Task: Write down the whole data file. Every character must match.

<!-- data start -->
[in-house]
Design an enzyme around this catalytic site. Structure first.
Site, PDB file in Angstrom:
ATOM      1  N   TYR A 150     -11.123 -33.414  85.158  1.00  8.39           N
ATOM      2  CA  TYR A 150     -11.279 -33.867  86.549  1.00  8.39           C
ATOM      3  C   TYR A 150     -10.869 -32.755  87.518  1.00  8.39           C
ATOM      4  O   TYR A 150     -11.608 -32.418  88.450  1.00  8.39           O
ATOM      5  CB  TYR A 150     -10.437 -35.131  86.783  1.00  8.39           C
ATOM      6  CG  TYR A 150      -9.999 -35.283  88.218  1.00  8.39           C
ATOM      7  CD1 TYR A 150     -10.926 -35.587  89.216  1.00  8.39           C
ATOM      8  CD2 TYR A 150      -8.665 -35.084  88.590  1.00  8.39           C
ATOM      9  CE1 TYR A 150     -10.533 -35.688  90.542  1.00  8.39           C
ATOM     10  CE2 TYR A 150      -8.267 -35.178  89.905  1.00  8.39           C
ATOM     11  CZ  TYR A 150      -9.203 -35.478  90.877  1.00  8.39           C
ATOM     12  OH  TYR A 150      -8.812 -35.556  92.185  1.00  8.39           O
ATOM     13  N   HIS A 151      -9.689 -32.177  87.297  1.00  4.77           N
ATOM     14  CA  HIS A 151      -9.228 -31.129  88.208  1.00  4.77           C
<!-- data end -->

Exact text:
[in-house]
Design an enzyme around this catalytic site. Structure first.
Site, PDB file in Angstrom:
ATOM      1  N   TYR A 150     -11.123 -33.414  85.158  1.00  8.39           N
ATOM      2  CA  TYR A 150     -11.279 -33.867  86.549  1.00  8.39           C
ATOM      3  C   TYR A 150     -10.869 -32.755  87.518  1.00  8.39           C
ATOM      4  O   TYR A 150     -11.608 -32.418  88.450  1.00  8.39           O
ATOM      5  CB  TYR A 150     -10.437 -35.131  86.783  1.00  8.39           C
ATOM      6  CG  TYR A 150      -9.999 -35.283  88.218  1.00  8.39           C
ATOM      7  CD1 TYR A 150     -10.926 -35.587  89.216  1.00  8.39           C
ATOM      8  CD2 TYR A 150      -8.665 -35.084  88.590  1.00  8.39           C
ATOM      9  CE1 TYR A 150     -10.533 -35.688  90.542  1.00  8.39           C
ATOM     10  CE2 TYR A 150      -8.267 -35.178  89.905  1.00  8.39           C
ATOM     11  CZ  TYR A 150      -9.203 -35.478  90.877  1.00  8.39           C
ATOM     12  OH  TYR A 150      -8.812 -35.556  92.185  1.00  8.39           O
ATOM     13  N   HIS A 151      -9.689 -32.177  87.297  1.00  4.77           N
ATOM     14  CA  HIS A 151      -9.228 -31.129  88.208  1.00  4.77           C